Well, if “working takes away anxiety”, then I knew what I had to do: get back to work!
AND it was around that time that an old high-school friend generously offered me some recent pictures of her so that I could paint someone other than myself. Talk about excellent timing! Of course, this is still digital, so in a sense, it’s a bit of a “cheat”, but I didn’t think I could handle the pressure of paints and mediums after such a lengthy absence. All in good time, all in good time…
For this piece, I decided to keep things simple and low-concept: just a roughly painted self-portrait, using a reference photo taken with my computer camera (note the tell-tale glowing blue neck). I kept the brushwork loose, and even cheated a little by sometimes relying on the eye dropper tool to help me get the right colour. There have to be some advantages to working digitally, right?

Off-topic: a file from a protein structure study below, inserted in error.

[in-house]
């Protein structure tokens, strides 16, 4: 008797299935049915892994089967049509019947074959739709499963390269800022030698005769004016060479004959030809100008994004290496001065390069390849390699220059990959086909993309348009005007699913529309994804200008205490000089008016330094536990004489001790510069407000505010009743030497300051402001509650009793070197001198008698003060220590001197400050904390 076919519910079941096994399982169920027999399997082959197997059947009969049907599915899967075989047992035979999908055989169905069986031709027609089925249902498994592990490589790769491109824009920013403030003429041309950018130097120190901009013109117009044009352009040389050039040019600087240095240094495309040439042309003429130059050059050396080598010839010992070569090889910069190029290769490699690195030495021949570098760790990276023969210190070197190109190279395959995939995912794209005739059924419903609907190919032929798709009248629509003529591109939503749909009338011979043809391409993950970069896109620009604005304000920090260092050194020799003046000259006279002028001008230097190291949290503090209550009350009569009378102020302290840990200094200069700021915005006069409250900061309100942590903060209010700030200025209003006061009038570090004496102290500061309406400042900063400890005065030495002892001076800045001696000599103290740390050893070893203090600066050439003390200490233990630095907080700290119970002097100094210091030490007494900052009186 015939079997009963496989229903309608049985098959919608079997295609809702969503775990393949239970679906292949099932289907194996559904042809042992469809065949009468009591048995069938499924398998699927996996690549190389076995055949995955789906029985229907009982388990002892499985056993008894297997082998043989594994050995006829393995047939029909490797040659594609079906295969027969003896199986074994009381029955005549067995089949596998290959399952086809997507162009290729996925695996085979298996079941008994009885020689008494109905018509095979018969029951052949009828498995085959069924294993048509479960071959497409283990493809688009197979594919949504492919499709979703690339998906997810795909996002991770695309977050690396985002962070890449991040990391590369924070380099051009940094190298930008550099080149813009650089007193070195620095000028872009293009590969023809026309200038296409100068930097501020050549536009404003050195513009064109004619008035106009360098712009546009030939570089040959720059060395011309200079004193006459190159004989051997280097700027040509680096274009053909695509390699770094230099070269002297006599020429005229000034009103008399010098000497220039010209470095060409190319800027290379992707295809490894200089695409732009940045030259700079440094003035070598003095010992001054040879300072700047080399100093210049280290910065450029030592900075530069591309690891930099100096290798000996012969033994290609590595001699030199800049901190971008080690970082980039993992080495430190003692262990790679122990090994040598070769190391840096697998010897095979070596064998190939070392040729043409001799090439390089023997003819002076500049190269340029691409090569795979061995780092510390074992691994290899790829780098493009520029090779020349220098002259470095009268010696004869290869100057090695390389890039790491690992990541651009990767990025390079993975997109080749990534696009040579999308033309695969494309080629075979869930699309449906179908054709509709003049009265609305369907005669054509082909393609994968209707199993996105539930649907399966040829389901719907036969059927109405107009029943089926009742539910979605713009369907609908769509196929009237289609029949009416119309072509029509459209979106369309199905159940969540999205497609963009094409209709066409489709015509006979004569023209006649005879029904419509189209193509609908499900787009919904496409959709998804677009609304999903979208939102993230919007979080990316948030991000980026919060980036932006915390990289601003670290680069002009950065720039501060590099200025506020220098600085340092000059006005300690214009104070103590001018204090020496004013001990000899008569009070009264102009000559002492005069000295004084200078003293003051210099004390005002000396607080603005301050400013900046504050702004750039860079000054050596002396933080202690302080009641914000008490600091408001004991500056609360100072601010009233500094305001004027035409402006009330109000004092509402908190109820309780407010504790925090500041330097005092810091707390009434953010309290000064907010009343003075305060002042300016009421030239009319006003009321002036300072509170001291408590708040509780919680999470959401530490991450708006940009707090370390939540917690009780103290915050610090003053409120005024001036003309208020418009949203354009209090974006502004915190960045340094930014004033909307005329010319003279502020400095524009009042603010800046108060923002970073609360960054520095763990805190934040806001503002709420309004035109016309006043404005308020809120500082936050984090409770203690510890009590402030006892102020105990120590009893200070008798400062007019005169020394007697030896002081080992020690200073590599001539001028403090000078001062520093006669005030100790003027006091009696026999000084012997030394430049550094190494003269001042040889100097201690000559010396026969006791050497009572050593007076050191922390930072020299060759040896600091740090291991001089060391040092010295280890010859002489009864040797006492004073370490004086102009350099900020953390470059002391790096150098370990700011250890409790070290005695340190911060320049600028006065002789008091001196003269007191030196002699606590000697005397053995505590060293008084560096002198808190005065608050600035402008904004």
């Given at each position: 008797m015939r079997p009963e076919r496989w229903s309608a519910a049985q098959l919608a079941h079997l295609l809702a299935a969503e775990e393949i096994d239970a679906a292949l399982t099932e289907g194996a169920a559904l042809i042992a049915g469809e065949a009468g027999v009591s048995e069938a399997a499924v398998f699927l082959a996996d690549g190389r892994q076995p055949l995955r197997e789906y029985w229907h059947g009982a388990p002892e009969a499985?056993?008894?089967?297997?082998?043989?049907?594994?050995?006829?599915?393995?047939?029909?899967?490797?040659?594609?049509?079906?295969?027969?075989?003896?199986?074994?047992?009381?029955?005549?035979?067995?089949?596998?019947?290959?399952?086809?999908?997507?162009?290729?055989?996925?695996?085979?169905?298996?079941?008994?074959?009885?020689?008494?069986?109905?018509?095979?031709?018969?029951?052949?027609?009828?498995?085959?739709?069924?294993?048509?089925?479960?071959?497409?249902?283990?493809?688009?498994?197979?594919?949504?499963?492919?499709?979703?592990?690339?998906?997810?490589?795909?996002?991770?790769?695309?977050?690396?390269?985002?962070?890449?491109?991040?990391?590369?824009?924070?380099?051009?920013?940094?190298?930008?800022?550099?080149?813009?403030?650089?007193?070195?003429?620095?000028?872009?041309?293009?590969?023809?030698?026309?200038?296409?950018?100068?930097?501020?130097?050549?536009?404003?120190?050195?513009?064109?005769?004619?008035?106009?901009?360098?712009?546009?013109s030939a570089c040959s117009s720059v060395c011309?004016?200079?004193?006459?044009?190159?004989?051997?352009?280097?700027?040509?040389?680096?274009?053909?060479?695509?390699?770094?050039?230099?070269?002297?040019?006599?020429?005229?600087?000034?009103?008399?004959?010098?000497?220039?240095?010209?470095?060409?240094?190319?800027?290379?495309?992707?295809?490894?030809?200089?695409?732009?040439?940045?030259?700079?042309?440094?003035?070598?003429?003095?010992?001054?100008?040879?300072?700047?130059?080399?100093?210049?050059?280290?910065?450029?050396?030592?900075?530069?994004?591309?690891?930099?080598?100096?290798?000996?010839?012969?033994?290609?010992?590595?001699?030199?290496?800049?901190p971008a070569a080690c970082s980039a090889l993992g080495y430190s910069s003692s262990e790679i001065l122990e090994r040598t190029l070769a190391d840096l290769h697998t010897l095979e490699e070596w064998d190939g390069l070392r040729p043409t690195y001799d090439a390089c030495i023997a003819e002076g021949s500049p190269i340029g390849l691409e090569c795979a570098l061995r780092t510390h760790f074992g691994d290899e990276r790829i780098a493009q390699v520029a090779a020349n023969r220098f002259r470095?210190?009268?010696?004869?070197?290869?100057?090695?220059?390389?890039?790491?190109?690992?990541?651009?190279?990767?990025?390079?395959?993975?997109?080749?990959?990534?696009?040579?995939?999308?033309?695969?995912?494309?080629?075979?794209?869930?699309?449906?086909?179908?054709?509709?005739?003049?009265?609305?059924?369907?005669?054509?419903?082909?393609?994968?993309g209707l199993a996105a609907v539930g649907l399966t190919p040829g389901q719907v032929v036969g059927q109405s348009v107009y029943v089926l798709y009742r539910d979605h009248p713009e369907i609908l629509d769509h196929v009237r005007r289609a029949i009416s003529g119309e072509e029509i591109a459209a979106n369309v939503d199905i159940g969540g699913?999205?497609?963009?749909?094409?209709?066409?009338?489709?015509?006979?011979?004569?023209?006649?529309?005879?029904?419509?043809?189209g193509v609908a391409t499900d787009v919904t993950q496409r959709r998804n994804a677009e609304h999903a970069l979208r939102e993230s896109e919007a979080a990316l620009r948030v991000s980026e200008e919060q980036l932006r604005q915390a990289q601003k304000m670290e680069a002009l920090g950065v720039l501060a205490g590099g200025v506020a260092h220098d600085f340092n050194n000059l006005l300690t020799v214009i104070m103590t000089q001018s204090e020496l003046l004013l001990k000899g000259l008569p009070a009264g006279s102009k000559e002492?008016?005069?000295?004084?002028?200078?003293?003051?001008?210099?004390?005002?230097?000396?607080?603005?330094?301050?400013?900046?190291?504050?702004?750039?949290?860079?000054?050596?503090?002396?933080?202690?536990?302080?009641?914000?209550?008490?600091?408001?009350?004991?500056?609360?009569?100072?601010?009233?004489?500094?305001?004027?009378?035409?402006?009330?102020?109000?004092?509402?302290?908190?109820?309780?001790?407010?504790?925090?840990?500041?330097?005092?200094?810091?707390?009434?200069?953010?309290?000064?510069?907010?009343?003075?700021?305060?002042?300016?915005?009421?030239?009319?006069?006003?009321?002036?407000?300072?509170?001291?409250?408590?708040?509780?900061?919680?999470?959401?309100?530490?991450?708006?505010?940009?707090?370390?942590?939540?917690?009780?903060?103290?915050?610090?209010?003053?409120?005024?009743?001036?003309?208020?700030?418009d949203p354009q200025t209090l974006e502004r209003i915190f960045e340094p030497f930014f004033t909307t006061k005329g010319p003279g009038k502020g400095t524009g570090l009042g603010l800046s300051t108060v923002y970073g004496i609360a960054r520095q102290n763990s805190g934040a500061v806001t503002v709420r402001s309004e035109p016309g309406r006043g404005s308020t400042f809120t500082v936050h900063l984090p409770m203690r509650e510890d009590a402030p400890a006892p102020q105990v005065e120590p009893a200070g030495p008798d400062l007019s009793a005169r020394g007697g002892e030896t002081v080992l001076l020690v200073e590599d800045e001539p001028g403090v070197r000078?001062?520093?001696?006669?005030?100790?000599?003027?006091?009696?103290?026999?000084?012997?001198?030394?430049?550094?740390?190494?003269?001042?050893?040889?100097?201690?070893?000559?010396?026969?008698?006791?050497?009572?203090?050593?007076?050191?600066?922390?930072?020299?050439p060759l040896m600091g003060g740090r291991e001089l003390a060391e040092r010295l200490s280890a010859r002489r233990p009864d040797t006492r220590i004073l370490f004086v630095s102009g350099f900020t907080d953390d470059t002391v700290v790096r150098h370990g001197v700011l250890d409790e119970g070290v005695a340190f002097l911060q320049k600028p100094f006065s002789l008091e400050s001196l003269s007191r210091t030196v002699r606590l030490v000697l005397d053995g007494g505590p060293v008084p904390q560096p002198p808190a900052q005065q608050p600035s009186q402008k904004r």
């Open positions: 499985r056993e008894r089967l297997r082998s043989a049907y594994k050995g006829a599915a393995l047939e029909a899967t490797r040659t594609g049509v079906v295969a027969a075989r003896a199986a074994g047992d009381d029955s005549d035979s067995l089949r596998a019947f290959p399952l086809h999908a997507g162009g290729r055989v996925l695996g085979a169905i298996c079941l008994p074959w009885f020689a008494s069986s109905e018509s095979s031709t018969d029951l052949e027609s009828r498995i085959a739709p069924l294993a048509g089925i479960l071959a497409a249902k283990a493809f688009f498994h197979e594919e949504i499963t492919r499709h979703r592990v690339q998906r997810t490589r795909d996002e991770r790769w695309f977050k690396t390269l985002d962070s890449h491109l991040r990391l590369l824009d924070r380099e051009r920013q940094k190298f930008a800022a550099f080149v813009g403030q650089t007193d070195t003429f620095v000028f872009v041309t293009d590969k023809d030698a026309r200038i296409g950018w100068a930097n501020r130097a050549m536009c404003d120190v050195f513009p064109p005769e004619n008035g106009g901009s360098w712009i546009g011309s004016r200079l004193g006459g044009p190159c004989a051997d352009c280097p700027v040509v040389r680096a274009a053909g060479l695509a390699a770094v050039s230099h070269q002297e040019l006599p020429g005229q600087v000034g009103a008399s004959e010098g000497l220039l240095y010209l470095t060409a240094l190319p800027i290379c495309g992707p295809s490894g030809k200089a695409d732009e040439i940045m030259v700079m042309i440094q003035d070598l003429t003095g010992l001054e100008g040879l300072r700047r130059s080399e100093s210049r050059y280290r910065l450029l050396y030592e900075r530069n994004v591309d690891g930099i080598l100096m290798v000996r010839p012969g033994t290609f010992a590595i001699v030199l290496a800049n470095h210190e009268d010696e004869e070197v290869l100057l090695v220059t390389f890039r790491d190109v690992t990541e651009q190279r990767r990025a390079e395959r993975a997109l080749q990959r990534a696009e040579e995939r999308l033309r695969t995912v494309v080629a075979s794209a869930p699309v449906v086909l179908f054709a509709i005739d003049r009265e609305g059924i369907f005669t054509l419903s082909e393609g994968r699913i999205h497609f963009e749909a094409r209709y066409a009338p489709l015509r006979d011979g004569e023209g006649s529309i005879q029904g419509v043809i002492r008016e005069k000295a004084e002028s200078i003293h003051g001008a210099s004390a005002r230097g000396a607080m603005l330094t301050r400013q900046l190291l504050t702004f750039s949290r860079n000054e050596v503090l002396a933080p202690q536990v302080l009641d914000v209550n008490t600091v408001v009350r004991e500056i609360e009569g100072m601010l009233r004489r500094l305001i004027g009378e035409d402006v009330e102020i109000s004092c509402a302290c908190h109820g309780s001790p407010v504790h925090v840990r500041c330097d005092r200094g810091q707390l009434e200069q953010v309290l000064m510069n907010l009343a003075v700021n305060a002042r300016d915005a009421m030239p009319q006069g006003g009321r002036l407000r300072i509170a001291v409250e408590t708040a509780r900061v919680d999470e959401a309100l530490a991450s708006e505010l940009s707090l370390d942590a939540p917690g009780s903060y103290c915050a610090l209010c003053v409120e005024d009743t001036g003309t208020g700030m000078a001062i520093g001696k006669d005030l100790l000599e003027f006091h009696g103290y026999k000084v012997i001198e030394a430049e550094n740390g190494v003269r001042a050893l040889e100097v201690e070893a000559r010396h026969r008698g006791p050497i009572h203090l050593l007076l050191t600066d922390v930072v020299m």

This piece was also an opportunity to better understand the newest addition to my digital painting arsenal: Escape Motion’s Rebelle 5. It’s early days still, but this might turn out to be one of my favourite softwares. Photoshop will always reign supreme for the sheer number of tools at one’s disposal, but Rebelle 5 has a much better “surface texture” feeling. Many digital painting programs claim that they can mimic the sensation of pushing paint around, but this one comes closest of all, in my opinion. And if nothing else, how can you not like the ripped edges of the canvas? Talk about a perfect little detail that I never knew I wanted!